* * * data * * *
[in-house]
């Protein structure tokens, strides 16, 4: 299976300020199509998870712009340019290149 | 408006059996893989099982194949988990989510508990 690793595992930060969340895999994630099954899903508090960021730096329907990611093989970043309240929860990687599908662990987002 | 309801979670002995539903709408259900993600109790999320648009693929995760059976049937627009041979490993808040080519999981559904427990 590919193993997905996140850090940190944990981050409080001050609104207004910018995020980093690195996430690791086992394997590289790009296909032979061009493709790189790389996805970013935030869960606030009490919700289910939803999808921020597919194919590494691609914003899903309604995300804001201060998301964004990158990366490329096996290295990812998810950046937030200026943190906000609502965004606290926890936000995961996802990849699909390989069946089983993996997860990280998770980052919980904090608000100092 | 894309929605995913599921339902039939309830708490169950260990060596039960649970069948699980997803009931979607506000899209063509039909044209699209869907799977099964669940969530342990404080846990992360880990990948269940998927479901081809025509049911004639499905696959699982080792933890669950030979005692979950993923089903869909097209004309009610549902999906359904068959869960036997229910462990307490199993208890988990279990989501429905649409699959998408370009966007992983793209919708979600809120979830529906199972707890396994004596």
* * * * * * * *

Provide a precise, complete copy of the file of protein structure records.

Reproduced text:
[in-house]
């Protein structure tokens, strides 16, 4: 299976300020199509998870712009340019290149 | 408006059996893989099982194949988990989510508990 690793595992930060969340895999994630099954899903508090960021730096329907990611093989970043309240929860990687599908662990987002 | 309801979670002995539903709408259900993600109790999320648009693929995760059976049937627009041979490993808040080519999981559904427990 590919193993997905996140850090940190944990981050409080001050609104207004910018995020980093690195996430690791086992394997590289790009296909032979061009493709790189790389996805970013935030869960606030009490919700289910939803999808921020597919194919590494691609914003899903309604995300804001201060998301964004990158990366490329096996290295990812998810950046937030200026943190906000609502965004606290926890936000995961996802990849699909390989069946089983993996997860990280998770980052919980904090608000100092 | 894309929605995913599921339902039939309830708490169950260990060596039960649970069948699980997803009931979607506000899209063509039909044209699209869907799977099964669940969530342990404080846990992360880990990948269940998927479901081809025509049911004639499905696959699982080792933890669950030979005692979950993923089903869909097209004309009610549902999906359904068959869960036997229910462990307490199993208890988990279990989501429905649409699959998408370009966007992983793209919708979600809120979830529906199972707890396994004596």